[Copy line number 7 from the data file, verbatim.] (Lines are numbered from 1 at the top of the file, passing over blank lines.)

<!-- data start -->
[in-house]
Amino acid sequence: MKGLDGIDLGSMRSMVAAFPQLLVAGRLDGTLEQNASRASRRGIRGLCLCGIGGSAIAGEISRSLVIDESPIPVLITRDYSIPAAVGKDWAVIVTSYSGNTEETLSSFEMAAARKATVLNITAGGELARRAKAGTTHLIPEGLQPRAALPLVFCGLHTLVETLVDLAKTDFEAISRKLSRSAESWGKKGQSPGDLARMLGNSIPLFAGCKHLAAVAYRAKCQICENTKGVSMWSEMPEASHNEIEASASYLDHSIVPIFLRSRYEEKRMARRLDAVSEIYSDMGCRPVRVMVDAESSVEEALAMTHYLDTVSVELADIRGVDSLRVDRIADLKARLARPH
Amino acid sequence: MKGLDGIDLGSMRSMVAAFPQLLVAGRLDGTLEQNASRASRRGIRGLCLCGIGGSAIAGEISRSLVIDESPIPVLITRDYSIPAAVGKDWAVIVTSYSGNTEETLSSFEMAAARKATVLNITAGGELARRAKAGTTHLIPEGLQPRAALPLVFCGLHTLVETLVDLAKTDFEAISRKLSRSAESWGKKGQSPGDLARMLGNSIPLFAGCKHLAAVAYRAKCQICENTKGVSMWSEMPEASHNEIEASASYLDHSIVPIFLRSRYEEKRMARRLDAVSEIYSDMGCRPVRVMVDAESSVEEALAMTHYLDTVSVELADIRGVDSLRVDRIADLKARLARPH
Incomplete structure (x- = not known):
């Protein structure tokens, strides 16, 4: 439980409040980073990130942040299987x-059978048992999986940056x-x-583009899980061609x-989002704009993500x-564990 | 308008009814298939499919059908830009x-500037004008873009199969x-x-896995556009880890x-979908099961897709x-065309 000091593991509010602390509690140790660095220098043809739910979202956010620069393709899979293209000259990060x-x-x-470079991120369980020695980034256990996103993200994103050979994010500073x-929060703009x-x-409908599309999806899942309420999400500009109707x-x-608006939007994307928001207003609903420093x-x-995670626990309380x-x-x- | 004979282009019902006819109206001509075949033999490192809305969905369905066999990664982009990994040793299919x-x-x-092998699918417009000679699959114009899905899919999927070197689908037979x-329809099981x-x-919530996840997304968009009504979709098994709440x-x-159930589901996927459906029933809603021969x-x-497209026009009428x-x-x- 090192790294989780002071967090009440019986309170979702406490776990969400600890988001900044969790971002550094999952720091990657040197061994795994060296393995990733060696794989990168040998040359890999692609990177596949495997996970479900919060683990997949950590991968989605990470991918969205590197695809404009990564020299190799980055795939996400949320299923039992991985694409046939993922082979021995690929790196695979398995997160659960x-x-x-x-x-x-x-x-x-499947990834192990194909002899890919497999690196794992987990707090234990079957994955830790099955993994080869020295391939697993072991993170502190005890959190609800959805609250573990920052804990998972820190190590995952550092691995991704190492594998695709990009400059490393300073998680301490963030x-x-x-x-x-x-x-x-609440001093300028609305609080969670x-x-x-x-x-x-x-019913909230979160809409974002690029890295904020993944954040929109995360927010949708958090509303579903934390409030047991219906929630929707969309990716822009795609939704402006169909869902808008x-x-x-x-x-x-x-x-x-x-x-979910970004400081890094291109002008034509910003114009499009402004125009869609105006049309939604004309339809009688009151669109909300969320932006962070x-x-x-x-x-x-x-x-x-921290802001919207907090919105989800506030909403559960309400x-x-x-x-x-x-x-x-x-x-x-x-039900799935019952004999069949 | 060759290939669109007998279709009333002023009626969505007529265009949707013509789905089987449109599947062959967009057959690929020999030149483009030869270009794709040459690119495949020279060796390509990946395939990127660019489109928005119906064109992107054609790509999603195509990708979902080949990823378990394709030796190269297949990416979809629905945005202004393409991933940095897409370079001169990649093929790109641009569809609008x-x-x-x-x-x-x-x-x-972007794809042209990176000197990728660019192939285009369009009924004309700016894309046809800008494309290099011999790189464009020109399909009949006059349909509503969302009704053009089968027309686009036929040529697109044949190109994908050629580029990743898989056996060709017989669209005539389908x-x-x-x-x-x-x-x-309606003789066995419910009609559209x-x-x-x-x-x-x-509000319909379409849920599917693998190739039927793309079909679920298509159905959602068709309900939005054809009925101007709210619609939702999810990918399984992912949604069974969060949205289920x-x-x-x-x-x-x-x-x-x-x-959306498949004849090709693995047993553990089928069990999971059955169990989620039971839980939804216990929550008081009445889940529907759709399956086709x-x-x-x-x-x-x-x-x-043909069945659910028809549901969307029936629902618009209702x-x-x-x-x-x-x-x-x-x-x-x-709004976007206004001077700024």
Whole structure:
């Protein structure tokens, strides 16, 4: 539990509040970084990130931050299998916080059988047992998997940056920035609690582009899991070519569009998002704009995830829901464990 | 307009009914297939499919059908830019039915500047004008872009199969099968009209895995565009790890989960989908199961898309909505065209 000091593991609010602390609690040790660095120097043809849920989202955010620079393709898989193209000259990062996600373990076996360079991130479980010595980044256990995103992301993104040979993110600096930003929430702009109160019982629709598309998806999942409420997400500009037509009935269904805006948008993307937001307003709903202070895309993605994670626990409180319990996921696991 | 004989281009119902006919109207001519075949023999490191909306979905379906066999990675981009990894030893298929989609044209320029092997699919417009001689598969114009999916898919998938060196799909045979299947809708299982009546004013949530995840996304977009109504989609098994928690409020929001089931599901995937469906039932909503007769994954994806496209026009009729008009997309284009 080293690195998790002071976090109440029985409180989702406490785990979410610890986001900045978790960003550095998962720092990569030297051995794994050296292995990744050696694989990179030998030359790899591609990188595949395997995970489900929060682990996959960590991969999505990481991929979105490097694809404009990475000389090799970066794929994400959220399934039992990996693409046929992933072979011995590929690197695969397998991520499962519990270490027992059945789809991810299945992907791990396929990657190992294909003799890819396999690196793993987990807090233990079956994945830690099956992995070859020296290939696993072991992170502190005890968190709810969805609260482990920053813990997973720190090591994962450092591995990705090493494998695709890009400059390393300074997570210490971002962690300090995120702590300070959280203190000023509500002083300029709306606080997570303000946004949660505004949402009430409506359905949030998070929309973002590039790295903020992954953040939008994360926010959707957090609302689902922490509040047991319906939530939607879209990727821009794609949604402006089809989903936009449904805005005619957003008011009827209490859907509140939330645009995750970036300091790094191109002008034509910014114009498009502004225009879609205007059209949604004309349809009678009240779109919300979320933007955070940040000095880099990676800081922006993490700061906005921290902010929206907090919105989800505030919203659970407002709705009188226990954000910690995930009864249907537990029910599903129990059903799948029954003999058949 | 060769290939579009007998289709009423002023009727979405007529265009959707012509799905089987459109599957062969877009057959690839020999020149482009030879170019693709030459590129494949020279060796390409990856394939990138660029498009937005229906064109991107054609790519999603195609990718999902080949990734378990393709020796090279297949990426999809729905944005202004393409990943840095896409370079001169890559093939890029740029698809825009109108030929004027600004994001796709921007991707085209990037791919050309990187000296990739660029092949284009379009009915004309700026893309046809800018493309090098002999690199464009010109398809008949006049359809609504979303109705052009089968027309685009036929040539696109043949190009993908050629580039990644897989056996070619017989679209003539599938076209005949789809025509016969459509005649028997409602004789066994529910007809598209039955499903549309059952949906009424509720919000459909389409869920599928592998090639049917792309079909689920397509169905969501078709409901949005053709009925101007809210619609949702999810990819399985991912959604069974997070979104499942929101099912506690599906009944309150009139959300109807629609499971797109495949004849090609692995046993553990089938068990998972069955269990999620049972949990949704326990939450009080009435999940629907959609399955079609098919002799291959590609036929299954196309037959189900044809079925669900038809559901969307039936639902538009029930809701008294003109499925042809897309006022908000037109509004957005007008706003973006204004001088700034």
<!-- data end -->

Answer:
């Protein structure tokens, strides 16, 4: 539990509040970084990130931050299998916080059988047992998997940056920035609690582009899991070519569009998002704009995830829901464990 | 307009009914297939499919059908830019039915500047004008872009199969099968009209895995565009790890989960989908199961898309909505065209 000091593991609010602390609690040790660095120097043809849920989202955010620079393709898989193209000259990062996600373990076996360079991130479980010595980044256990995103992301993104040979993110600096930003929430702009109160019982629709598309998806999942409420997400500009037509009935269904805006948008993307937001307003709903202070895309993605994670626990409180319990996921696991 | 004989281009119902006919109207001519075949023999490191909306979905379906066999990675981009990894030893298929989609044209320029092997699919417009001689598969114009999916898919998938060196799909045979299947809708299982009546004013949530995840996304977009109504989609098994928690409020929001089931599901995937469906039932909503007769994954994806496209026009009729008009997309284009 080293690195998790002071976090109440029985409180989702406490785990979410610890986001900045978790960003550095998962720092990569030297051995794994050296292995990744050696694989990179030998030359790899591609990188595949395997995970489900929060682990996959960590991969999505990481991929979105490097694809404009990475000389090799970066794929994400959220399934039992990996693409046929992933072979011995590929690197695969397998991520499962519990270490027992059945789809991810299945992907791990396929990657190992294909003799890819396999690196793993987990807090233990079956994945830690099956992995070859020296290939696993072991992170502190005890968190709810969805609260482990920053813990997973720190090591994962450092591995990705090493494998695709890009400059390393300074997570210490971002962690300090995120702590300070959280203190000023509500002083300029709306606080997570303000946004949660505004949402009430409506359905949030998070929309973002590039790295903020992954953040939008994360926010959707957090609302689902922490509040047991319906939530939607879209990727821009794609949604402006089809989903936009449904805005005619957003008011009827209490859907509140939330645009995750970036300091790094191109002008034509910014114009498009502004225009879609205007059209949604004309349809009678009240779109919300979320933007955070940040000095880099990676800081922006993490700061906005921290902010929206907090919105989800505030919203659970407002709705009188226990954000910690995930009864249907537990029910599903129990059903799948029954003999058949 | 060769290939579009007998289709009423002023009727979405007529265009959707012509799905089987459109599957062969877009057959690839020999020149482009030879170019693709030459590129494949020279060796390409990856394939990138660029498009937005229906064109991107054609790519999603195609990718999902080949990734378990393709020796090279297949990426999809729905944005202004393409990943840095896409370079001169890559093939890029740029698809825009109108030929004027600004994001796709921007991707085209990037791919050309990187000296990739660029092949284009379009009915004309700026893309046809800018493309090098002999690199464009010109398809008949006049359809609504979303109705052009089968027309685009036929040539696109043949190009993908050629580039990644897989056996070619017989679209003539599938076209005949789809025509016969459509005649028997409602004789066994529910007809598209039955499903549309059952949906009424509720919000459909389409869920599928592998090639049917792309079909689920397509169905969501078709409901949005053709009925101007809210619609949702999810990819399985991912959604069974997070979104499942929101099912506690599906009944309150009139959300109807629609499971797109495949004849090609692995046993553990089938068990998972069955269990999620049972949990949704326990939450009080009435999940629907959609399955079609098919002799291959590609036929299954196309037959189900044809079925669900038809559901969307039936639902538009029930809701008294003109499925042809897309006022908000037109509004957005007008706003973006204004001088700034």